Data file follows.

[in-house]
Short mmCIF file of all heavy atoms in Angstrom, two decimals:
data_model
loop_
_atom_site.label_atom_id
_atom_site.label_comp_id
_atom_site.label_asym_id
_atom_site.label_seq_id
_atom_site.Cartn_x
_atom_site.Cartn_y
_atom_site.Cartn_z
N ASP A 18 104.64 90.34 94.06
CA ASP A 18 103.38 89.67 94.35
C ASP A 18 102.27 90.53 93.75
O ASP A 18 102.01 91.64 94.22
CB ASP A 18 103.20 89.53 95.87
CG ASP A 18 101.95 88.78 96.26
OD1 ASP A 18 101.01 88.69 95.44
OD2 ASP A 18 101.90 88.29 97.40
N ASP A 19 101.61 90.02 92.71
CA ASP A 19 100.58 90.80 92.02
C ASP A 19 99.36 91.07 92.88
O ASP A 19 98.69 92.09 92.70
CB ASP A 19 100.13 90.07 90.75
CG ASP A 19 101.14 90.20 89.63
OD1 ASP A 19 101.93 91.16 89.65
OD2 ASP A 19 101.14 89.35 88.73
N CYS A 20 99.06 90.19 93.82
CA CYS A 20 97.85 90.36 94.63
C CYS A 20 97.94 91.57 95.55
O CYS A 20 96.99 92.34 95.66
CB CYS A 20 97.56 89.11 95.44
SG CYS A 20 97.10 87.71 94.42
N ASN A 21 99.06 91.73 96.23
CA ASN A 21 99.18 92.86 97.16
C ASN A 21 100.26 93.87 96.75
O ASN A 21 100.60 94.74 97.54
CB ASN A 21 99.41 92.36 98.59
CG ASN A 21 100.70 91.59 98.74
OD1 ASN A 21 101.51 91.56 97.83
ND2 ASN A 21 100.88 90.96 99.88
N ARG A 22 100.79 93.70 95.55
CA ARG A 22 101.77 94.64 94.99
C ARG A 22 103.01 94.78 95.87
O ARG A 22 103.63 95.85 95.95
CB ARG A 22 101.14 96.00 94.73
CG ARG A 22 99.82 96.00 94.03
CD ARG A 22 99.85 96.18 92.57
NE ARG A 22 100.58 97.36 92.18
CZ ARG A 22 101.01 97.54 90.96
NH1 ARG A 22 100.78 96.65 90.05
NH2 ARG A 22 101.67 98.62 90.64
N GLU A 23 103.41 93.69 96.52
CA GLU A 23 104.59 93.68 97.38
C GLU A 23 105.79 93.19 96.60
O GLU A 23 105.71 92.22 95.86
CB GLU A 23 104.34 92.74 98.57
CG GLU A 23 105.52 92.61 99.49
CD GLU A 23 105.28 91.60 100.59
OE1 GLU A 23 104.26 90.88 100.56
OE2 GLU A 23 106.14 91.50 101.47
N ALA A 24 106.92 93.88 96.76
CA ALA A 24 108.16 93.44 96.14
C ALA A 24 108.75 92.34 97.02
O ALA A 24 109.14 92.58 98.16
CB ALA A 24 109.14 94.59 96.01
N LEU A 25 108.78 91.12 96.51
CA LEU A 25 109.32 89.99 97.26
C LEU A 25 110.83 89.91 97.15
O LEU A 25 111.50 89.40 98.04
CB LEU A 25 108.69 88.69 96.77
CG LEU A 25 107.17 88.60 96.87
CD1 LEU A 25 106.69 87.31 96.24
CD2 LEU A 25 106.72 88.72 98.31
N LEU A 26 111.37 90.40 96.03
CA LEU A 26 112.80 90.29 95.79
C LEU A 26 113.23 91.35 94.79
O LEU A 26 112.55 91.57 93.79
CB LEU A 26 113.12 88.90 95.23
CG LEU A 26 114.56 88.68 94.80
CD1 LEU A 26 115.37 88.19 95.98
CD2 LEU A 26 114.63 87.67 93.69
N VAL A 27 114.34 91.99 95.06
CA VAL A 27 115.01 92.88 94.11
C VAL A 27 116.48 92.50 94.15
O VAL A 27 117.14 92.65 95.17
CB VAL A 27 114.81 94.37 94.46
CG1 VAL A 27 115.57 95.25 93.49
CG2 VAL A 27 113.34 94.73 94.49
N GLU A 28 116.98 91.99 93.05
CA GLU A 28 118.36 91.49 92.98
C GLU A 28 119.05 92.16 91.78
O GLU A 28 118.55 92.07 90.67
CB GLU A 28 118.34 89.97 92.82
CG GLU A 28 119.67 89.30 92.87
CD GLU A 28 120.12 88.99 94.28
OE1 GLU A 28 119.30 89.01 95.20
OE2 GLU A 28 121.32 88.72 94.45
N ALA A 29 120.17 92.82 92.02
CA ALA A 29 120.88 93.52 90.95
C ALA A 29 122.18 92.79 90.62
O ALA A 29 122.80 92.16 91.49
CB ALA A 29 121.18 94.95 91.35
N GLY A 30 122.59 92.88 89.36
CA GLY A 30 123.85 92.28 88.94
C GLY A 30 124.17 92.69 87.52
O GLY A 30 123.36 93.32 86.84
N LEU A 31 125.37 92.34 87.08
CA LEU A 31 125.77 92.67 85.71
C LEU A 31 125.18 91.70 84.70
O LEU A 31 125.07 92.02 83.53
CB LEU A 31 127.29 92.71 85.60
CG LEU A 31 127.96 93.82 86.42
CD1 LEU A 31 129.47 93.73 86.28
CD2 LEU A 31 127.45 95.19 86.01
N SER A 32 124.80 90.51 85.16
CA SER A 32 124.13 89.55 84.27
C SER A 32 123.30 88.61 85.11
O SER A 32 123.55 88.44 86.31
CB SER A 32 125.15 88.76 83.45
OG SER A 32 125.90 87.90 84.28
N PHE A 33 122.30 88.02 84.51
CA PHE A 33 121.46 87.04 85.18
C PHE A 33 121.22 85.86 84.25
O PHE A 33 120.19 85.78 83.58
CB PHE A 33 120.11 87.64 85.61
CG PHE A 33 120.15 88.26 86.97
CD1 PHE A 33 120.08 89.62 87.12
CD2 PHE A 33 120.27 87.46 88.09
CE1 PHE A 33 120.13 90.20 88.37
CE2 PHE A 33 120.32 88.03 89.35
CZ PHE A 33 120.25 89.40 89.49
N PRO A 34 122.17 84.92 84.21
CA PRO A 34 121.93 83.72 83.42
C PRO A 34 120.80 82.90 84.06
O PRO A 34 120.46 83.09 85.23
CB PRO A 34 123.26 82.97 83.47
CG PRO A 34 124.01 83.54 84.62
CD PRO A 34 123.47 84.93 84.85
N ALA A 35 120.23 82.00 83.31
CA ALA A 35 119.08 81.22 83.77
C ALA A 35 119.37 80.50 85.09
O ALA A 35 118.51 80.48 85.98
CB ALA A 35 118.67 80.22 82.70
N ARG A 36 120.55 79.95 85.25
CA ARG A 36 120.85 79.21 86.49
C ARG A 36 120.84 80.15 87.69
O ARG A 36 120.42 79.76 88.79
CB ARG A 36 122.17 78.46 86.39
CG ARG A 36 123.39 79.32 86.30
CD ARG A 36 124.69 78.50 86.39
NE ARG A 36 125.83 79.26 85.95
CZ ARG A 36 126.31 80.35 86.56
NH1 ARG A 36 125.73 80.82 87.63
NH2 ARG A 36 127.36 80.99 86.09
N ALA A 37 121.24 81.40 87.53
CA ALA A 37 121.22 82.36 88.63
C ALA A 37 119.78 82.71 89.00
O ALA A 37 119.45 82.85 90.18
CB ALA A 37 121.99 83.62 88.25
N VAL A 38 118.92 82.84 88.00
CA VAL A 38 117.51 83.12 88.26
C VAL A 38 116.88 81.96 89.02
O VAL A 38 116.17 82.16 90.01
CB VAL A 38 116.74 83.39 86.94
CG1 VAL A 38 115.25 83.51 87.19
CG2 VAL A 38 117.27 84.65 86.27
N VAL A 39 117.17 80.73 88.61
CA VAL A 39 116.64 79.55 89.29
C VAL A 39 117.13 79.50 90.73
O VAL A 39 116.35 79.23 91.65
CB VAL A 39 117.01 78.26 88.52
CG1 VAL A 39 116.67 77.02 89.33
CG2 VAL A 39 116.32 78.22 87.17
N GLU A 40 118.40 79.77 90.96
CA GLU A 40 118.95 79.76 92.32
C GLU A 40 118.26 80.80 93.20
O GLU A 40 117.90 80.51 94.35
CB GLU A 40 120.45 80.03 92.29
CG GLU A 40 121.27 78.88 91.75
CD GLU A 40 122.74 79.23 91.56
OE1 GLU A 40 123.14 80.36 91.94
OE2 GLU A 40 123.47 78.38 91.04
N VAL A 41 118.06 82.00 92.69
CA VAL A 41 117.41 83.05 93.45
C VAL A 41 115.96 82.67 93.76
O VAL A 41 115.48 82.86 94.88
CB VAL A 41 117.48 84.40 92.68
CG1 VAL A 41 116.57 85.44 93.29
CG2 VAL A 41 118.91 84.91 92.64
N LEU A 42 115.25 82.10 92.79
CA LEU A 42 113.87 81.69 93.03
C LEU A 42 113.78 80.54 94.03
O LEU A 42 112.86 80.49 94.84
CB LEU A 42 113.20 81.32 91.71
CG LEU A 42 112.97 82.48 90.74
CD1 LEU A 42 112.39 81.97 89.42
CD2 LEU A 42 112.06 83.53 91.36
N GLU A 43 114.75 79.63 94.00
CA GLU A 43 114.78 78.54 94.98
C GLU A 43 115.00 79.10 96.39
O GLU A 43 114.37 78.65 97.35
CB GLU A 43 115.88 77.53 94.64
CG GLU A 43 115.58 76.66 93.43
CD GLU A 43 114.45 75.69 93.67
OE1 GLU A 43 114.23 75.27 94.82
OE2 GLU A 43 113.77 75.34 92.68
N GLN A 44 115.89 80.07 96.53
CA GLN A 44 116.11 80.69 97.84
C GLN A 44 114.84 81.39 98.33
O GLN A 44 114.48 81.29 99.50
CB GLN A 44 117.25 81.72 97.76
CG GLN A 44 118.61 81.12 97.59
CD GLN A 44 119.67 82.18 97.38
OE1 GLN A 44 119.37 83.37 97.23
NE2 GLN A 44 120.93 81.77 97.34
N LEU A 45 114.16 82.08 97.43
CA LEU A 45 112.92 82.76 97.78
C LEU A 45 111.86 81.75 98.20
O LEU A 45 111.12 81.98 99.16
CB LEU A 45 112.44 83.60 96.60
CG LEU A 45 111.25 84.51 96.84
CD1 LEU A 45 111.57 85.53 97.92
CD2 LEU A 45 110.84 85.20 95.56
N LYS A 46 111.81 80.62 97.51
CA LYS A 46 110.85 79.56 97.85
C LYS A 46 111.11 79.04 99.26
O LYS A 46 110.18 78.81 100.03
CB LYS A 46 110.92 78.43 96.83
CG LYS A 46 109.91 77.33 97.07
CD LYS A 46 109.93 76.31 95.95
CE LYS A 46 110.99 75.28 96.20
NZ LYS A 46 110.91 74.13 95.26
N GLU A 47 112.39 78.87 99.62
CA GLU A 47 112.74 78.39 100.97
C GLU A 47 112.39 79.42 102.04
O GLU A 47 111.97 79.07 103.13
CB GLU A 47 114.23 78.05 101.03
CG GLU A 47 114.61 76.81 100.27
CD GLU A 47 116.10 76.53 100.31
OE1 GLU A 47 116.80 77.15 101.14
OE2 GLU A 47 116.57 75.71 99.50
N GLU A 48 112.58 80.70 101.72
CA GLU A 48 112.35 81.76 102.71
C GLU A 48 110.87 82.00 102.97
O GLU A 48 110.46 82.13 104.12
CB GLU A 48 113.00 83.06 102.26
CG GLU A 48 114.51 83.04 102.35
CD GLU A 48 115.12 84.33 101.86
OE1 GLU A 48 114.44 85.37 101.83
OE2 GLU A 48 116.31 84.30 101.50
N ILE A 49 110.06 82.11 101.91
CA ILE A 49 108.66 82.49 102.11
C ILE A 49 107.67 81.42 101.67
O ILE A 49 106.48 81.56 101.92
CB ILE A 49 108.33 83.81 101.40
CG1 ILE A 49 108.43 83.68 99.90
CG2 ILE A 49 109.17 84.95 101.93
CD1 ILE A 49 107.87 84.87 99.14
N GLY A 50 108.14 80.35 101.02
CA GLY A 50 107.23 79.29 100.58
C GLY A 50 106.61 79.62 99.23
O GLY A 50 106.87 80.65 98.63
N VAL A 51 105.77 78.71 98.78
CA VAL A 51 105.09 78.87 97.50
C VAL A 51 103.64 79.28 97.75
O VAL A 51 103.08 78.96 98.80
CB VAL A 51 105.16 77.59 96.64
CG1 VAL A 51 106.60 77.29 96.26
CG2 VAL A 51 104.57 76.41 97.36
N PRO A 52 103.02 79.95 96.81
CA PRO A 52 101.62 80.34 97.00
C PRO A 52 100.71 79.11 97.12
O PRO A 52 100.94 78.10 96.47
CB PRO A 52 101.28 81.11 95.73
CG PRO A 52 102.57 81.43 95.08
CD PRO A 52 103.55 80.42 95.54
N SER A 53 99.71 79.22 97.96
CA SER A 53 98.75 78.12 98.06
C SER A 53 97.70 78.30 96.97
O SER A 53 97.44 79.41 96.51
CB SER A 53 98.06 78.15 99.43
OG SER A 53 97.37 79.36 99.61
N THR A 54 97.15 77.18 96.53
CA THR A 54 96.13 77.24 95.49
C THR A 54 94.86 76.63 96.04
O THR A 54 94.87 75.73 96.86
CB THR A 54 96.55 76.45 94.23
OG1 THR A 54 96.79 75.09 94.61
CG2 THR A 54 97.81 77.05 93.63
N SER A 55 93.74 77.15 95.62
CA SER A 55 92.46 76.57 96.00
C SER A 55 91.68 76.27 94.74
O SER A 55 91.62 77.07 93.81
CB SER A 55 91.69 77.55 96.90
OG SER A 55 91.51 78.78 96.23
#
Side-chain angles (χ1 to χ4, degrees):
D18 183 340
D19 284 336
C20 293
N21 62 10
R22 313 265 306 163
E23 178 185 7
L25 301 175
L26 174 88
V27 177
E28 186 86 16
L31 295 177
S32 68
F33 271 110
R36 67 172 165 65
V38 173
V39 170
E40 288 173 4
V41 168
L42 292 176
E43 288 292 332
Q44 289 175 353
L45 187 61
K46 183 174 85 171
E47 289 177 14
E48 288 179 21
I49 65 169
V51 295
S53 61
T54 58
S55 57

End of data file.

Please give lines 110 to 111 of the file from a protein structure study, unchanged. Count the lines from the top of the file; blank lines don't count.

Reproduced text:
C LEU A 31 125.18 91.70 84.70
O LEU A 31 125.07 92.02 83.53